The Ecology of Humans (15-1) Retinal Reception

 Retinal Reception

The thin, layered retina is a lining just inside the choroid which covers 2/3rds of the eye. The outer layer, like the choroid, prevents light scatter within the eye. The inner layer, which has several sublayers, houses 126 million photoreceptors in a tiered mesh, covering 72% of the back of the eye: about 22 mm diameter.

The retina nerve complex, no more than 0.5 mm thick, is itself multi-tiered: 3 layers of nerve cells and 2 synapses layers, including a unique ribbon synapse. A fine resolution count of all cell layers in the retina renders 10 layers total.

The human eye has an approximate field of view 95° out, 60° in, 75° down, and 60° up. 12–15° temporal and 1.5° below the horizontal lies the optic nerve: a blind spot roughly 7.5° high and 5.5° wide.

Though the eye’s photoreceptor mesh is a field of about 200°, the acuity over most of that range is poor. To form high-resolution images, light must fall on the macula. That limits the acute vision angle to about 15°.

The macula is a 5-mm oval-shaped spot near the center of the retina, where visual acuity, particularly color vision, is best. The macula is a highly pigmented yellow, thus absorbing excess blue and ultraviolet light entering the eye, and so acting as a sunblock for this focal eye area.

At the center of the macula is the fovea, sight’s “sweet spot”: a 1 mm dimple of maximum acuity and color sensitivity, directly opposite the pupil at the back of the eyeball. The fovea is packed exclusively with green and blue cones (no rods).

The fovea covers only about 2° of visual angle. When looking at a scene at arm’s length, the fovea subtends a field about the size of the thumbnail.

The fovea’s small patch of clarity requires autonomically moving the eyes (microsaccade) so that an object of regard falls on the fovea with some degree of clarity. The frontal brain lobe is especially active during this autonomic task.

Fovea cones are thinner and more densely packed than anywhere else in the retina. Rods are connected to nerve fibers such that a single fiber can be activated by 1 in 100 rods. By contrast, cones in the fovea have a 1-to-1 wiring of cone to neuron.

While well-suited for fine tasks like reading, the fovea is quite slow in processing visual signals compared to the rest of the retina. This slow sensitivity is why motion is seen in flipbooks and movies. It also prevents seeing flicker unless we glance from the corner of our eye, where visual acuity is low, but processing is quicker.

The foveola sits in the center of the fovea. This is the retina’s little mind-brain: a 0.35 mm spot in the center of the fovea, with cone cells and a cone-shaped zone of Müller glia cells. Müller are the retina’s resident vision signal processors.

Most mammals lack a fovea. How they attain sharp vision is not understood.

Lacking photoreceptors, the retinal optic disc is the eye’s blind spot. Any light focused there is not received. But the eyes constantly shift so rapidly that this blank spot is seldom noticed.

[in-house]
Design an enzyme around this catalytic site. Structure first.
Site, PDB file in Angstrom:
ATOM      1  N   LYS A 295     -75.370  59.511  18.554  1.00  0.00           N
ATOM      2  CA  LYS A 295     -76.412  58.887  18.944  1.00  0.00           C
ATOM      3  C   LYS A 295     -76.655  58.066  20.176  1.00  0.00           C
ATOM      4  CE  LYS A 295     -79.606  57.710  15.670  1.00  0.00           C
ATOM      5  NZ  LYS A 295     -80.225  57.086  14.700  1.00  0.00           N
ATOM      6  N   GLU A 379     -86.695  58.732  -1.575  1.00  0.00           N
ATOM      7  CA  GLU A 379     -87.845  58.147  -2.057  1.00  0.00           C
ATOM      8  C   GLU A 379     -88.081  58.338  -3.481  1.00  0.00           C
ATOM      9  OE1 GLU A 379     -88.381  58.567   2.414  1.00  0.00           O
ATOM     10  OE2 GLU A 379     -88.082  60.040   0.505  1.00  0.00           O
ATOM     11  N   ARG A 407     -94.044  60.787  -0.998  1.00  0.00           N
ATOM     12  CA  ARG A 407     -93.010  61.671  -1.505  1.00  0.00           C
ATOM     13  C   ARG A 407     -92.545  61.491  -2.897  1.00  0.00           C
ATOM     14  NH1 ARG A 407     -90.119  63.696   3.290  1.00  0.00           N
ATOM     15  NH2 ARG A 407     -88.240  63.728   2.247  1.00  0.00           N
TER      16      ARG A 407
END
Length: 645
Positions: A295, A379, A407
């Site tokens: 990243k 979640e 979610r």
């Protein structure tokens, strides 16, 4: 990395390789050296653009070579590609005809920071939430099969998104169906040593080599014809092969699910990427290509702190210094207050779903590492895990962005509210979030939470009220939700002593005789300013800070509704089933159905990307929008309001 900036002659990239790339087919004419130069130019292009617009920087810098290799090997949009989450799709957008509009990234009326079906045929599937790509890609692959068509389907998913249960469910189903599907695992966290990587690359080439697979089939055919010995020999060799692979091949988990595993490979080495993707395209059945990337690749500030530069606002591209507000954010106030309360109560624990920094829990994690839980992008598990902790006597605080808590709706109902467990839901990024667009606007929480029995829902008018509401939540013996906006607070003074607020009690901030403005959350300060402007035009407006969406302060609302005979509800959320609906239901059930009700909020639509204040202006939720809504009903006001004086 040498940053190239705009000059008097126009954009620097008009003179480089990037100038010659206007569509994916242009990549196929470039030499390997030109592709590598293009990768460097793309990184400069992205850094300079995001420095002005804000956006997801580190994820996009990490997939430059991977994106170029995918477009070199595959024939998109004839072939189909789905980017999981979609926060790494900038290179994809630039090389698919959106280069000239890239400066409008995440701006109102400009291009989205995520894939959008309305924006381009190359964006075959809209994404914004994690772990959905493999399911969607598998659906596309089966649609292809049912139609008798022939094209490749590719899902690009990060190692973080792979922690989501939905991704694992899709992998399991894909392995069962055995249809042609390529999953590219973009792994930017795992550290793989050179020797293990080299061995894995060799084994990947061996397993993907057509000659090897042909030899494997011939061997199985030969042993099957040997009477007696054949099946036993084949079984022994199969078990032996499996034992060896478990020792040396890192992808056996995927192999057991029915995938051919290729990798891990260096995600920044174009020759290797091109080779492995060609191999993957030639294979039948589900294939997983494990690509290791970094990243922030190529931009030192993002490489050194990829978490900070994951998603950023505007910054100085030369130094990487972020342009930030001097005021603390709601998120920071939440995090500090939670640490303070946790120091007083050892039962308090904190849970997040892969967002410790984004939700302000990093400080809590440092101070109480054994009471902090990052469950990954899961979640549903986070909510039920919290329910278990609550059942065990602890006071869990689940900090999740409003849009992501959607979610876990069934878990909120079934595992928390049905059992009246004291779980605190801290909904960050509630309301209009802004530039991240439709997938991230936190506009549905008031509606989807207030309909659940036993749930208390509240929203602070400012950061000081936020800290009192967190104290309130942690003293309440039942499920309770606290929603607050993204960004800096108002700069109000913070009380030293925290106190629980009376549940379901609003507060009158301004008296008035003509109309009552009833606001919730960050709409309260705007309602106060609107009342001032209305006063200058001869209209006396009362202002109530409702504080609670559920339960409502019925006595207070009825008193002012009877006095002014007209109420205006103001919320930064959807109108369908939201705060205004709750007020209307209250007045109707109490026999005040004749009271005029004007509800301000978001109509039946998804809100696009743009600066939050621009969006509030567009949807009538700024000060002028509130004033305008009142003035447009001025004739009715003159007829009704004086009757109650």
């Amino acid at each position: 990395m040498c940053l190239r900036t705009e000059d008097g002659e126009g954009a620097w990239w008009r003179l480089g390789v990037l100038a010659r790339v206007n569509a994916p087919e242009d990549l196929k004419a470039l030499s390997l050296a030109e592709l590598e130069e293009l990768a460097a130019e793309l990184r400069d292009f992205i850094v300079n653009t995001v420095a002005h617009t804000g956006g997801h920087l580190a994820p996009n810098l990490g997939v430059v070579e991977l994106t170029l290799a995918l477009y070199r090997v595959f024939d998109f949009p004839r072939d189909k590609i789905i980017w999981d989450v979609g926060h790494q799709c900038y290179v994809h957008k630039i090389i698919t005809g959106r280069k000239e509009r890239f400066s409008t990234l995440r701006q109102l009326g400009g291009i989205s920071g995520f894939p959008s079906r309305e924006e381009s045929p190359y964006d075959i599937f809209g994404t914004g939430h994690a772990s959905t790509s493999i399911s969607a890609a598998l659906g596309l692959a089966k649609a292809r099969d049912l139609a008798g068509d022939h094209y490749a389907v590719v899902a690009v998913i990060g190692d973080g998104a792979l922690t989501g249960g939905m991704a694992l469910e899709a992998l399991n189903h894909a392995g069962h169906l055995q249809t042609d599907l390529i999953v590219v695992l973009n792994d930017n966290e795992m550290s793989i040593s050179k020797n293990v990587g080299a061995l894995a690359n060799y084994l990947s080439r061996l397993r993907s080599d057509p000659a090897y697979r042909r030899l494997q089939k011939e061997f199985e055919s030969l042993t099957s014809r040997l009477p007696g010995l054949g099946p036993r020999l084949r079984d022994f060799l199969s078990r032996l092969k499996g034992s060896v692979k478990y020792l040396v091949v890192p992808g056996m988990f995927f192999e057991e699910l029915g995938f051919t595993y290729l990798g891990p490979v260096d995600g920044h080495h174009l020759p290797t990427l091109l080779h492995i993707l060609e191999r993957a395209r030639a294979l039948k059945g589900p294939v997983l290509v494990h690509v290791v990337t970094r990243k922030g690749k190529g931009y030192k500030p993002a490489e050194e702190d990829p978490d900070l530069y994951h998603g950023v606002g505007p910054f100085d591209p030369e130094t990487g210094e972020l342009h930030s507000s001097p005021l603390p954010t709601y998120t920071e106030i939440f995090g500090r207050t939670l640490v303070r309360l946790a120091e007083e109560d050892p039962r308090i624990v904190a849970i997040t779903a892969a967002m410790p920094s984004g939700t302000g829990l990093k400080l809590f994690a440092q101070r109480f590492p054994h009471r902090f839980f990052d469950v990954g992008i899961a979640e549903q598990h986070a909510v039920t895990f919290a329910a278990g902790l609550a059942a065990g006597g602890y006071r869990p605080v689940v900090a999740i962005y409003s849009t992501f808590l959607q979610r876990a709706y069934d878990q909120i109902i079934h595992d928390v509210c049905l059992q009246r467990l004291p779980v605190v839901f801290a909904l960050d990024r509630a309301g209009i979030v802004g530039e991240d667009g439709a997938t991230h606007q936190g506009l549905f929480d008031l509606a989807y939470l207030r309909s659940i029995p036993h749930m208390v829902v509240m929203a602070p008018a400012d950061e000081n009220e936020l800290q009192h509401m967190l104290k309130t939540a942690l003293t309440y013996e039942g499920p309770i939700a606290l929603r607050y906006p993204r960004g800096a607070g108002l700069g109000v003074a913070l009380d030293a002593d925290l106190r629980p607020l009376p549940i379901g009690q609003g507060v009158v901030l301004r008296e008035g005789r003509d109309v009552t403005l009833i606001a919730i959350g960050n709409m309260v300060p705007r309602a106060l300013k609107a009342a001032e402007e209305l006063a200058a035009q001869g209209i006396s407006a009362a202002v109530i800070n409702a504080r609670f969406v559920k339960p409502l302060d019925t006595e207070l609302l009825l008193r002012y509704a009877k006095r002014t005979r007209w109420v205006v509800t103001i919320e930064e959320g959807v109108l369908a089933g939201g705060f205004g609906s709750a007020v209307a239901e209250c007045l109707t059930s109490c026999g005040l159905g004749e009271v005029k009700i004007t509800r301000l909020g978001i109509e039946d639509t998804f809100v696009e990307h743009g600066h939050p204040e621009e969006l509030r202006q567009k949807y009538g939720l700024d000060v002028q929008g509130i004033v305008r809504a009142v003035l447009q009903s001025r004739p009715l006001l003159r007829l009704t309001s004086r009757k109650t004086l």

The ribbon synapse is a linked neural mesh which functions like a hybrid of nerve and glial cell. The result is fast, precise, and sustained transmission.

A layer containing retinal ganglion cells (RGCs) is sensitive to the overall brightness of light, but not to specific wavelengths.

The retina has 2 primary neural photoreceptors: rods and cones. Rods are more numerous: in a human eye, 120 million rods to 6 million cones.

From an evolutionary standpoint, rods are a more primitive photoreceptor than cones. Individual rods receive patterns of light in black and white, which are gradated into shades of gray by the mind-brain by clustering adjacent receptors.

Cones absorb light indicative of color components. Cone cells do not themselves detect color.

Cone data is passed to a layer of bipolar cells before being passed to the retinal ganglion cells (RGCs). RGC axons make a sharp turn near the back of the eyeball to form the massive bundle called the optic nerve.

The rods that carpet the retina can capture a single photon, though it takes 3 for the eye to sense a flash of light. Photoreceptor proteins in a cell absorb photons, the energy of which causes a phototransduction that triggers a change in the cell’s membrane potential.

The photonic reaction causes a cascade function which leads to chemical deactivation, like erasing a chalk mark on a blackboard. Strangely, it is not the photonic chalk mark that sends an excitatory signal down the optic nerve to the brain for processing. Instead, depolarization, the chemical erasure reset, switching off the cell, does the trick. But that does not end the photon-provoked parade.

Depolarization of the cell membrane opens voltage-gated calcium channels in the photoreceptor neuron. An increased intracellular concentration of Ca2+ causes vesicles with neurotransmitters to merge with the cell membrane.

This incites neurotransmitter release into the synaptic cleft: the area between the end of one nerve cell and the beginning of another. Glutamate – a neurotransmitter whose receptors are often excitatory – is released.

In the chemical cascade depolarization causes a shift in sodium-potassium cell balance. Cell hyperpolarization happens as sodium channels close while potassium current continues. This hyperpolarization causes voltage-gated calcium channels to close.

Because calcium is required for the glutamate-containing vesicles to fuse with a cell membrane and spill the contents, glutamate release lessens as the calcium level in the photoreceptor cell drops. The glutamate drop depolarizes the “on” center bipolar cells and hyperpolarizes the “off” surround bipolar cells.